Agro-ecological knowledge & climate change adaptation in North central Namibia Andrew Newsham & David Thomas Date: 01:01:2...
What I’ll talk about: <ul><li>Uncertainty around climate impact projections in Namibia  </li></ul><ul><li>Agro-ecological ...
 
Discrepancies in climate information available <ul><li>The IPCC GCMs suggest a decrease in rainfall over Southern Africa, ...
(Natural resource-based) Livelihood activities in North-Central Namibia
 
 
Agro-ecological knowledge in North-Central Namibia  ‘ indigenous land unit (ILU) system (Hillyer  et al 2006 ) which farme...
<ul><li>Land classified according to topography, soil properties, depth of hardpan, soil-water dynamics and availability o...
Robustness & utility of local agro-ecological knowledge <ul><li>Conventional vegetation analysis of the ILUs found consist...
Agricultural extension & knowledge co-production <ul><li>Broad uptake of early maturing varieties of pearl millet – agricu...
Concluding remarks  <ul><li>Further thinking on knowledge co-production </li></ul><ul><li>Caveats about local knowledge  <...
Interactional and other forms of expertise (Collins 2004:125-7) <ul><li>Contributory expertise – capacity to  practice, ad...
But! Local knowledge is no panacea
Local knowledge in broader context and longer term perspective <ul><li>Climate change background is darkening  - how appro...
References <ul><li>Carolan, M.S., 2006. Sustainable agriculture, science and the co-production of ‘expert’ knowledge: The ...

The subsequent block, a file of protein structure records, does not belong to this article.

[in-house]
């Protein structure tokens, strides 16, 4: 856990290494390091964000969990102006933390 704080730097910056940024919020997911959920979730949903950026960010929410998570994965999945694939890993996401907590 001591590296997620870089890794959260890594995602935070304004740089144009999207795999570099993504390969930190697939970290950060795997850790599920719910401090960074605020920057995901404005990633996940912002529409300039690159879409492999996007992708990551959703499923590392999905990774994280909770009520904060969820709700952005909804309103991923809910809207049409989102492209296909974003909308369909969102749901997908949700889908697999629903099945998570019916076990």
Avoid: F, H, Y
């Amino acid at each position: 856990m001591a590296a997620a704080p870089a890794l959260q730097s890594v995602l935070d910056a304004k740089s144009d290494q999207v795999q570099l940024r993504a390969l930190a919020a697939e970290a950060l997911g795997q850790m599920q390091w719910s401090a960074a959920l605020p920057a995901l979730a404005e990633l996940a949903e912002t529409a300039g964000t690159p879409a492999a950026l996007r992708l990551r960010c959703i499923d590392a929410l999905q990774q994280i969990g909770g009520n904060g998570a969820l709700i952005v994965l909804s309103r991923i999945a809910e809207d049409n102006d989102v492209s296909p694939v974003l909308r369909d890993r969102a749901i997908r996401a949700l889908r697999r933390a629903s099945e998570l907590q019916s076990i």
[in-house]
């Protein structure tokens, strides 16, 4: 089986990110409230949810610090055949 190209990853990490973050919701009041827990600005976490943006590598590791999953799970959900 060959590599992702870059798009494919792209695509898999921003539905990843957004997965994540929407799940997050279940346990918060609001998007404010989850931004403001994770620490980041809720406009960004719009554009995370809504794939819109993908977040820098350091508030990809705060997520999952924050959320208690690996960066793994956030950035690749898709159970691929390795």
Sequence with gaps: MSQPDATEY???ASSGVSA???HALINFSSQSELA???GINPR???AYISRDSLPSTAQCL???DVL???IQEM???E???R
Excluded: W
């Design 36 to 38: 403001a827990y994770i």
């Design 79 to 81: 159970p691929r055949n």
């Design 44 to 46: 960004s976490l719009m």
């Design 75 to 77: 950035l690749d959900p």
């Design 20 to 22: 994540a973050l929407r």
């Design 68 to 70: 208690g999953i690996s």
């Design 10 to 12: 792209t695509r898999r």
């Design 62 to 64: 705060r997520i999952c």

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Andrew Newsham: Agro-ecological knowledge & climate change adaptation in North Central Namibia

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Andrew Newsham: Agro-ecological knowledge & climate change adaptation in North Central Namibia

  1. 1. Agro-ecological knowledge & climate change adaptation in North central Namibia Andrew Newsham & David Thomas Date: 01:01:2006
  2. 2. What I’ll talk about: <ul><li>Uncertainty around climate impact projections in Namibia </li></ul><ul><li>Agro-ecological knowledge as historical source of resilience to climate variability </li></ul><ul><li>Knowledge co-production to enhance adaptive capacity </li></ul><ul><li>Ways to better understand conditions for knowledge co-production </li></ul><ul><li>Putting farming in the broader climate change and livelihoods context in Namibia </li></ul>